The Horn Of Plenty

It’s a problem of one too many these days at Assam’s famous Kaziranga National Park, home to the once-endangered one-horned rhinoceros. At the root of this is an extremely successful conservation project that saved the rhino from near-extinction. Although the number of rhinos has risen from 12 in 1905 to 1,552 today, the sanctuary area hasn’t increased as rapidly, leaving the animals less space than they require. As Assam’s minister of state for forests Pradyut Bordoloi admits: “The rhinos are overflowing in Kaziranga.”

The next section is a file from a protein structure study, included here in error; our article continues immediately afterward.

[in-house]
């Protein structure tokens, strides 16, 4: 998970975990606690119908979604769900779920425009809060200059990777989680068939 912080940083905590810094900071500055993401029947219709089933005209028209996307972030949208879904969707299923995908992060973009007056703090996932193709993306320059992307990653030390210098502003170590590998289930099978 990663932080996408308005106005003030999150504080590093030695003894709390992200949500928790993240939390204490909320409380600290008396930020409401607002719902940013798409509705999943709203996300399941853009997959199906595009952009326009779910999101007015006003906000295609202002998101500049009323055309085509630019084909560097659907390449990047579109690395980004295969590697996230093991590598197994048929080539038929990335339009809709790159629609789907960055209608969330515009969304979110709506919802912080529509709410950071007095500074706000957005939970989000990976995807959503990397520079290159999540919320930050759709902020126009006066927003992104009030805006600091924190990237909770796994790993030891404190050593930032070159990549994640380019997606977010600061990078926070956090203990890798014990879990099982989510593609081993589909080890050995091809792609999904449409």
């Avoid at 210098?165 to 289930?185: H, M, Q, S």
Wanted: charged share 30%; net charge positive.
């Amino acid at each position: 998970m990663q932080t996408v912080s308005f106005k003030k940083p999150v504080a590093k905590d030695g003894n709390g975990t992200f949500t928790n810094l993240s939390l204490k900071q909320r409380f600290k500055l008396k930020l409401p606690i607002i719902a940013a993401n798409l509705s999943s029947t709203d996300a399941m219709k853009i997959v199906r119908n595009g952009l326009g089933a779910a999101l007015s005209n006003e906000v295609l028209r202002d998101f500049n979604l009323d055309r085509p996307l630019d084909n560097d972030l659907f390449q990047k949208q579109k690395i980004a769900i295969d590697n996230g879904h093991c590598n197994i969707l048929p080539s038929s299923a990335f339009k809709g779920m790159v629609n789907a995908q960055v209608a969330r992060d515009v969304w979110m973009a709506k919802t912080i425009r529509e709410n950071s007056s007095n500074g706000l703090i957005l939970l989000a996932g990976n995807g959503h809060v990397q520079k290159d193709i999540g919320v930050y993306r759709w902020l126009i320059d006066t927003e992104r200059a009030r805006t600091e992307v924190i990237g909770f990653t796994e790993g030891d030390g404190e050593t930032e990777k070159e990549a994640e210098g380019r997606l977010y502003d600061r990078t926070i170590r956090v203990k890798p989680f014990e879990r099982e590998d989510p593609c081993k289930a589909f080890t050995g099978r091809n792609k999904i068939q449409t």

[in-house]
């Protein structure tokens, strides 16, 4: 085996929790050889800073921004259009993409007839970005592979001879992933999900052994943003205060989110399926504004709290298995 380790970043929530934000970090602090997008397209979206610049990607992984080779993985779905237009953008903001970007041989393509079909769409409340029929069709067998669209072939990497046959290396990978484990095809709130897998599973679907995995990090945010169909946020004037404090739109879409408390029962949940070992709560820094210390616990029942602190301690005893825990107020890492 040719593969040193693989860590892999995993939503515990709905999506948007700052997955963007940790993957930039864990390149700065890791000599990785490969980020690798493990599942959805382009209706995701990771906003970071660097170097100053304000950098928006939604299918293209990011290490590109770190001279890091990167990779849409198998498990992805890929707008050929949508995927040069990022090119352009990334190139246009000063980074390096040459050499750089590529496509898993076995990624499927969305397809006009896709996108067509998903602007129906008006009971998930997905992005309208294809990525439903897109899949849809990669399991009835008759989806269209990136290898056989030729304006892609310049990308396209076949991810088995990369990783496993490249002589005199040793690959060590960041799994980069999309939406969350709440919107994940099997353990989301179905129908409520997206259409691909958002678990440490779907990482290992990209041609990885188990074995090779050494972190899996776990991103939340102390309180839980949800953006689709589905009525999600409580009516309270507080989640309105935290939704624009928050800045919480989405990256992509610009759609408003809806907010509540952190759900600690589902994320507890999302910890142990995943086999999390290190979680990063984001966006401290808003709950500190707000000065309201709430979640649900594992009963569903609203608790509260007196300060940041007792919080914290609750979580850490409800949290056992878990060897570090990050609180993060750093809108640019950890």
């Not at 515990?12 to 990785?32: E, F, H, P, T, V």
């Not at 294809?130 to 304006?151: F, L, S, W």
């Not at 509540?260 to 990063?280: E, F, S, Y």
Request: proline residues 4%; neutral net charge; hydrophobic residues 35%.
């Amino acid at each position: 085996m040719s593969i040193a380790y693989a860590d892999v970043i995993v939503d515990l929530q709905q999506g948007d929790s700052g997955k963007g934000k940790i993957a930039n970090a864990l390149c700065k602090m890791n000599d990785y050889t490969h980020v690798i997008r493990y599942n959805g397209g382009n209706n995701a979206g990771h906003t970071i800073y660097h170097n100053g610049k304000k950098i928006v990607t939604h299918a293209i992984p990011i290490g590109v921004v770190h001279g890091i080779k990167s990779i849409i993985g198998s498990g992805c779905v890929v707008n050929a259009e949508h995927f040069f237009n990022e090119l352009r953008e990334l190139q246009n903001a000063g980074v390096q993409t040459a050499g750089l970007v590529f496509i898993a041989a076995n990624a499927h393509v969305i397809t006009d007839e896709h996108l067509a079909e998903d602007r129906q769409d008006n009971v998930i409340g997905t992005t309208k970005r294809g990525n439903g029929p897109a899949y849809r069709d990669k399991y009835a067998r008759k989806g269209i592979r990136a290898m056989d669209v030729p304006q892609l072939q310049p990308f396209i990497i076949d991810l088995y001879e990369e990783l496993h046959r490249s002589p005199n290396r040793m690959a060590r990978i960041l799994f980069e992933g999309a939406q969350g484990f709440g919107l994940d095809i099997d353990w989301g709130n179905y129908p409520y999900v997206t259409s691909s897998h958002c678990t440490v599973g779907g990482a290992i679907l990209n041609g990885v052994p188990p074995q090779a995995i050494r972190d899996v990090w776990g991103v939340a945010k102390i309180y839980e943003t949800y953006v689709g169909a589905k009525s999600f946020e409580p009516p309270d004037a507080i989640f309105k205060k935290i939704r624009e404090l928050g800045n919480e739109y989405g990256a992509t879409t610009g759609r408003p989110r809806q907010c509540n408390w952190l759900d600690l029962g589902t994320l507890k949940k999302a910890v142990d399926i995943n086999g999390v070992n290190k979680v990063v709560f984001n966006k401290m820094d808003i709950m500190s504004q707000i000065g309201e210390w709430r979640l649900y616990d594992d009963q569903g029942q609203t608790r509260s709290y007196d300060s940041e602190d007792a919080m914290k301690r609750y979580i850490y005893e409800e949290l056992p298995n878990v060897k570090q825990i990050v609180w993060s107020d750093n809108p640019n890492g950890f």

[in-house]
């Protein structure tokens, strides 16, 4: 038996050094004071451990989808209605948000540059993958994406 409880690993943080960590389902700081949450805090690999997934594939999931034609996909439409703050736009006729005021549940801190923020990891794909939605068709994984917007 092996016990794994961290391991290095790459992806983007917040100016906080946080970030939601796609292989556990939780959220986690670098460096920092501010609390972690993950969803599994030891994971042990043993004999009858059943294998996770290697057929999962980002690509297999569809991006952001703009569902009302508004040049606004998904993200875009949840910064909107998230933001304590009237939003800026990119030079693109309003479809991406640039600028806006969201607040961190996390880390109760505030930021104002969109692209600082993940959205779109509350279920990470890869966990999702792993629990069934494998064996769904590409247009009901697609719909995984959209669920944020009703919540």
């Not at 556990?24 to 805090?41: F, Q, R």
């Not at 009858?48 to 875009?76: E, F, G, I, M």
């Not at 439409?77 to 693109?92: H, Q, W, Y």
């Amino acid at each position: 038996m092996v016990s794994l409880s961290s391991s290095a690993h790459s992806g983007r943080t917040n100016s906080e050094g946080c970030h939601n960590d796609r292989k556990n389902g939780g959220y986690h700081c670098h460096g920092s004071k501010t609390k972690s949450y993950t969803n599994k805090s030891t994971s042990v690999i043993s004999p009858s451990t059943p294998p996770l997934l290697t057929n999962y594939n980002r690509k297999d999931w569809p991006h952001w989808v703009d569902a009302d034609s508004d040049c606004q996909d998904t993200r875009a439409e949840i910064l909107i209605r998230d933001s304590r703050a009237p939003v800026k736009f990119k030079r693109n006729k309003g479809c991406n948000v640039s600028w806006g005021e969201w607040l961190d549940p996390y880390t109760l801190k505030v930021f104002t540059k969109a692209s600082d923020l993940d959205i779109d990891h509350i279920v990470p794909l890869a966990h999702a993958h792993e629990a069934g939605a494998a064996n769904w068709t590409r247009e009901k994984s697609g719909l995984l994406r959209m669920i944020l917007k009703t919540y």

The situation is similar in Pabitora, a small sanctuary situated in the flood plains of Brahmaputra not very far from Guwahati. Here the concentration of rhinos is possibly the highest in the world with 76 horned animals jostling for space in about 16 sq km. Bordoloi is aware of the space crunch faced by the rhinos and other animals such as deer and wild buffaloes. Says he: “The original area of 430 sq km earmarked for Kaziranga is clearly not sufficient for the increased number of animals. So a decision was taken to add another 430 sq km to the park. Unfortunately, owing to several court cases, we have been able to gain control over just 280 sq km of additional area.”